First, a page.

Question: What is my deepest wound?  

If, when reading this, you knew the answer immediately and it still hurts today, or the holy spirit is speaking to you now, maybe healing is the thing that you need to pursue.

Action: Start telling your story. 

I’m not suggesting you tell your story to everyone, but say it to the right people—mature people who love you and care for you. 

 

Next Post: One Thing – How to be Your Best in 2020: Number Two – Self Awareness

 

Pastor Dan Zimbardi has been the Executive Pastor of Sandals Church, one of the largest and fastest-growing churches in America, for the past eight years. Dan spent twenty-two years as an entrepreneur and corporate executive and has worked with some of the most dynamic brands in the world; including Google, Nike, and Burton Snowboards. Dan’s passion is to train and develop leaders both in ministry and the marketplace.

The Doors Kept Opening: Meet Nancy Marthedal

In our final week of preparations to launch our Sandals Church Fresno campus, we want to introduce you to a few of the devoted members of New Life Community Church as we honor them and ask God to multiply their faithfulness.

Meet Nancy.

I have been at New Life Community Church since 1970 when I was a sophomore in high school. The last three years have been a little bit rough for us. We had several pastors come and go. Our last one left over a year and a half ago. We were asking God what was next four us as we were considering getting another pastor, but that didn’t seem like the best option. We started praying. We heard about some churches partnering with other churches and knew of a church in Fresno that had a satellite location and thought about talking to them. My daughter, Anna, had attended Sandals Church when she was in Southern California, so she emailed Ron McCoy from the ROGO Foundation. When started talking with Ron, it was pretty exciting.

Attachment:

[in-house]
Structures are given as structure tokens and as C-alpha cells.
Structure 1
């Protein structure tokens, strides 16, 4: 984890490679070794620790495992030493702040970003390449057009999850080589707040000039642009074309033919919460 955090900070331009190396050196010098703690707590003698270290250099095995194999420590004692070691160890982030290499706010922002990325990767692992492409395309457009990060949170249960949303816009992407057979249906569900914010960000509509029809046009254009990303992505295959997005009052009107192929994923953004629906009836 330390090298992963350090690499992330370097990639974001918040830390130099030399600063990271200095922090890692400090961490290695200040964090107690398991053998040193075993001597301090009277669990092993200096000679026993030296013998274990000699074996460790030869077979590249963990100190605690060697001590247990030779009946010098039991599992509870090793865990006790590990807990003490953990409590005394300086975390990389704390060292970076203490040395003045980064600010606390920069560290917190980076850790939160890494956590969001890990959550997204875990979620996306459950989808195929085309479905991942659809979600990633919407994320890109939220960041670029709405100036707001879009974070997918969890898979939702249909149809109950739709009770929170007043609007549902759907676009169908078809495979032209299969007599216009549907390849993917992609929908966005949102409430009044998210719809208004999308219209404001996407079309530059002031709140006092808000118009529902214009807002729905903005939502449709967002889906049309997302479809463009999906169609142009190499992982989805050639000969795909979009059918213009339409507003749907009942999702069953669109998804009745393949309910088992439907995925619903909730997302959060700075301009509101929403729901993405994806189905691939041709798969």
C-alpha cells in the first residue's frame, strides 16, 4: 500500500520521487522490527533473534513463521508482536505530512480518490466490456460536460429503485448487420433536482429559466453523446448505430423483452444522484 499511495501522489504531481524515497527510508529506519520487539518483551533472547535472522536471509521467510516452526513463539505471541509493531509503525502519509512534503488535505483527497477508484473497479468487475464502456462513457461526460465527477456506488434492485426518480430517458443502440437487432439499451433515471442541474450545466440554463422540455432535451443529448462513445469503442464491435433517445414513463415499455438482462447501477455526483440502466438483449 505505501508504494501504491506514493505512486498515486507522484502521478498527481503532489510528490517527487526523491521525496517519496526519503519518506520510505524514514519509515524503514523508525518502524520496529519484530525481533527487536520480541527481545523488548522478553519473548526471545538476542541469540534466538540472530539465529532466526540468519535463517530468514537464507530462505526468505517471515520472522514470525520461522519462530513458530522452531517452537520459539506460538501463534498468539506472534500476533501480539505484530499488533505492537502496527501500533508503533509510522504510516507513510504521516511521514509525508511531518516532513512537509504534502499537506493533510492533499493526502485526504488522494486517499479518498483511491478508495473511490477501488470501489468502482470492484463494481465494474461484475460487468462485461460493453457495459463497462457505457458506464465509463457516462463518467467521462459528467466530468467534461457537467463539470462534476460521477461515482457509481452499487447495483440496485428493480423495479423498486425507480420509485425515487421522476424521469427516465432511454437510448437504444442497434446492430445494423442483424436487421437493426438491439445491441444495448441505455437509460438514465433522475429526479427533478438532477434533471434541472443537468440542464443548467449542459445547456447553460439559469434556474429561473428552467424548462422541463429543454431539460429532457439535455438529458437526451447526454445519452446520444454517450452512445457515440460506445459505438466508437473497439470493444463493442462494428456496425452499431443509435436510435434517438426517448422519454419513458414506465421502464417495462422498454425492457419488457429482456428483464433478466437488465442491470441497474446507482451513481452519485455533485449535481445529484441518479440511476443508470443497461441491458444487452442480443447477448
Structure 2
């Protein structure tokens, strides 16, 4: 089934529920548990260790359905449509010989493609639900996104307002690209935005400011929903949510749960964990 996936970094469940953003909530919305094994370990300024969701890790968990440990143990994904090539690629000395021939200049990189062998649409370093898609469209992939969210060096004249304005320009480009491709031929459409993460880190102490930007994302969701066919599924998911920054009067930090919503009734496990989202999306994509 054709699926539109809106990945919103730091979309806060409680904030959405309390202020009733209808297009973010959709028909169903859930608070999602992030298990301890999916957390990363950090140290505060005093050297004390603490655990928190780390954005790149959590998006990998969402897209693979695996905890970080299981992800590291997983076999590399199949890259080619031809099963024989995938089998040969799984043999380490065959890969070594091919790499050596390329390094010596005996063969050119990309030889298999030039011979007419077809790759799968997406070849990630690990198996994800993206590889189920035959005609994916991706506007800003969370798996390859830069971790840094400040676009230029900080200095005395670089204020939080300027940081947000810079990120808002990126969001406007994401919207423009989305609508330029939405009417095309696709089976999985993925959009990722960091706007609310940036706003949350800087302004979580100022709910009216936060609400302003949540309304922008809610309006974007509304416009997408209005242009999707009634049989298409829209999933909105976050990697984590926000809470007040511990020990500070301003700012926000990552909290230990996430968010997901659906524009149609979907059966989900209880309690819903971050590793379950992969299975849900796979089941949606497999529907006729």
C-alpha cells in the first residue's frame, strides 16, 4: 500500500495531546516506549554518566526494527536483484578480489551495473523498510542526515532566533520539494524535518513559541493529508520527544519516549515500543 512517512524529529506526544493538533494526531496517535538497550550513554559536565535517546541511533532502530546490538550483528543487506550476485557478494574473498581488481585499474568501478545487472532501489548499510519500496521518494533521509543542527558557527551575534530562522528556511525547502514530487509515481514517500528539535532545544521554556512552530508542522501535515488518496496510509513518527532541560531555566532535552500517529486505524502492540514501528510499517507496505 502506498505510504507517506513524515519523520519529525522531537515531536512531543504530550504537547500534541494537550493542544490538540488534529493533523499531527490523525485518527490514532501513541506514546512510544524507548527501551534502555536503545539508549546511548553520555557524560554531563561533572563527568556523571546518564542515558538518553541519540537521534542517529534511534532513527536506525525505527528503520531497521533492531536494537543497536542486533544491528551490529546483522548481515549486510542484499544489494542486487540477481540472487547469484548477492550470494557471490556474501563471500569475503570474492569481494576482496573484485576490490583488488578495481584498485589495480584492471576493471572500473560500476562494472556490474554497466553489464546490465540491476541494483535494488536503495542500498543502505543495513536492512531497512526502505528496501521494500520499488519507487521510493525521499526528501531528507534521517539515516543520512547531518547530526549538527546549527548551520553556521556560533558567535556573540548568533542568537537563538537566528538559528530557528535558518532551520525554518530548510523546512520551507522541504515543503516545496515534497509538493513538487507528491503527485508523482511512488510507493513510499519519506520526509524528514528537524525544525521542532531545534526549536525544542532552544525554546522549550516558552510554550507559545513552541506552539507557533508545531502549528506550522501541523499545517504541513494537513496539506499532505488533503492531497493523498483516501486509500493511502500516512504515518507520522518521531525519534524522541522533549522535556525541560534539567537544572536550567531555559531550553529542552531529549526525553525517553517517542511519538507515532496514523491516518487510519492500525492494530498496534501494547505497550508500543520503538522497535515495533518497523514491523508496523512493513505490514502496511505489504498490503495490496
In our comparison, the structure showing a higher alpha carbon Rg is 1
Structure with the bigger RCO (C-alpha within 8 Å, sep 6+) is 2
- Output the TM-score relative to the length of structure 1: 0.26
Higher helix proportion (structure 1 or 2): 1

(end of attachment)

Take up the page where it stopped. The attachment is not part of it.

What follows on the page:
I am one of those people who is pretty passionate. So the thought of moving forward in a direction where God was going to be here and move and we could be a beacon in our community was thrilling to my heart.

I have worked with the Washington Union Fellowship of Christian Athletes for quite some time. We have 160 kids coming to lunch every week, and most aren’t plugged in at a church. At New Life, we didn’t have something for them. We had a youth group, and they were awesome, but we needed more. Someone be able to connect with the kids, help them be more loved, be more discipled, learn more about Jesus, and help them develop their relationship with Christ.

From the beginning, I was very hopeful that merging with Sandals Church
would be what God’s plans were for us.

He put it in my head and heart before we had the last Pastor that maybe joining another church was a good option for us. The minute we started talking to Ron, it was like, “Okay, God, is this it?” Our little church Council leadership group had prayed that the doors would either be flown wide-open or slammed shut. We did have a couple of those slam shuts along the way, which was extremely difficult, but we knew God was leading us. The doors to Sandals Church kept being opened and opened, and so as it drew closer, we thought we were going to be a yes. We keep hanging on and moving forward as they kept asking more questions and wanting to know more about us, which to me, was wonderful. I thought, If they want to know more about us, then they are serious about us becoming a Sandals Church.

When it became apparent that it was going to happen, it was overwhelming to me, so I am so thrilled
that we could bring Christ in a real and authentic way to our community.

 

Sandals Church Fresno launches February 16th at 9:00 am with a second service at 10:30 am.

It All Started With an Email: Meet Anna Campbell